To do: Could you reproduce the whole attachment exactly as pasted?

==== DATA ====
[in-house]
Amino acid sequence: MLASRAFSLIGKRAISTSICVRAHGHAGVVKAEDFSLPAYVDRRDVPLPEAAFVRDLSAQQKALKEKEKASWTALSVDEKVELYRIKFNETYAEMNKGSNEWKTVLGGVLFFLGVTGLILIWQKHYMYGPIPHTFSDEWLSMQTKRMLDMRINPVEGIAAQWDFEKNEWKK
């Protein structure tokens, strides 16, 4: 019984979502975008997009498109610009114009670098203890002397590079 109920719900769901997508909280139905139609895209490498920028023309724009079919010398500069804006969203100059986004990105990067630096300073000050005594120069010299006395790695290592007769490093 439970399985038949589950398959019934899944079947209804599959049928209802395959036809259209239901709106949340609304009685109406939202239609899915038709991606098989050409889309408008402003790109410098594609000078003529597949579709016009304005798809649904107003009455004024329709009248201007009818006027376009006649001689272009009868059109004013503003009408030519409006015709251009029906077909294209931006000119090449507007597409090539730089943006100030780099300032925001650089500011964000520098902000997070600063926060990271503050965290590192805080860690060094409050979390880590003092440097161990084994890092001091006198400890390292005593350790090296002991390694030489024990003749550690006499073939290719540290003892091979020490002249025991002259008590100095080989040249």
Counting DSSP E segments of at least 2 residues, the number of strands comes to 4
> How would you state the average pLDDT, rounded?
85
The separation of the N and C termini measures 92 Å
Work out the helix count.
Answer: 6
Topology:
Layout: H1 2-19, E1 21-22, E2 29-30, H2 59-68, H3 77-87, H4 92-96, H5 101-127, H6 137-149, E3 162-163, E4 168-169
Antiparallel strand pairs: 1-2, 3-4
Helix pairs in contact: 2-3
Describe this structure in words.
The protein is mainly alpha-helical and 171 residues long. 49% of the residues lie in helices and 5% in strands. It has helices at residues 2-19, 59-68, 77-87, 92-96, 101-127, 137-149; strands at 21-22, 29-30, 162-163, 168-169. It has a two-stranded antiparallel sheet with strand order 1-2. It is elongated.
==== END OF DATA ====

[in-house]
Amino acid sequence: MLASRAFSLIGKRAISTSICVRAHGHAGVVKAEDFSLPAYVDRRDVPLPEAAFVRDLSAQQKALKEKEKASWTALSVDEKVELYRIKFNETYAEMNKGSNEWKTVLGGVLFFLGVTGLILIWQKHYMYGPIPHTFSDEWLSMQTKRMLDMRINPVEGIAAQWDFEKNEWKK
């Protein structure tokens, strides 16, 4: 019984979502975008997009498109610009114009670098203890002397590079 109920719900769901997508909280139905139609895209490498920028023309724009079919010398500069804006969203100059986004990105990067630096300073000050005594120069010299006395790695290592007769490093 439970399985038949589950398959019934899944079947209804599959049928209802395959036809259209239901709106949340609304009685109406939202239609899915038709991606098989050409889309408008402003790109410098594609000078003529597949579709016009304005798809649904107003009455004024329709009248201007009818006027376009006649001689272009009868059109004013503003009408030519409006015709251009029906077909294209931006000119090449507007597409090539730089943006100030780099300032925001650089500011964000520098902000997070600063926060990271503050965290590192805080860690060094409050979390880590003092440097161990084994890092001091006198400890390292005593350790090296002991390694030489024990003749550690006499073939290719540290003892091979020490002249025991002259008590100095080989040249």
Counting DSSP E segments of at least 2 residues, the number of strands comes to 4
> How would you state the average pLDDT, rounded?
85
The separation of the N and C termini measures 92 Å
Work out the helix count.
Answer: 6
Topology:
Layout: H1 2-19, E1 21-22, E2 29-30, H2 59-68, H3 77-87, H4 92-96, H5 101-127, H6 137-149, E3 162-163, E4 168-169
Antiparallel strand pairs: 1-2, 3-4
Helix pairs in contact: 2-3
Describe this structure in words.
The protein is mainly alpha-helical and 171 residues long. 49% of the residues lie in helices and 5% in strands. It has helices at residues 2-19, 59-68, 77-87, 92-96, 101-127, 137-149; strands at 21-22, 29-30, 162-163, 168-169. It has a two-stranded antiparallel sheet with strand order 1-2. It is elongated.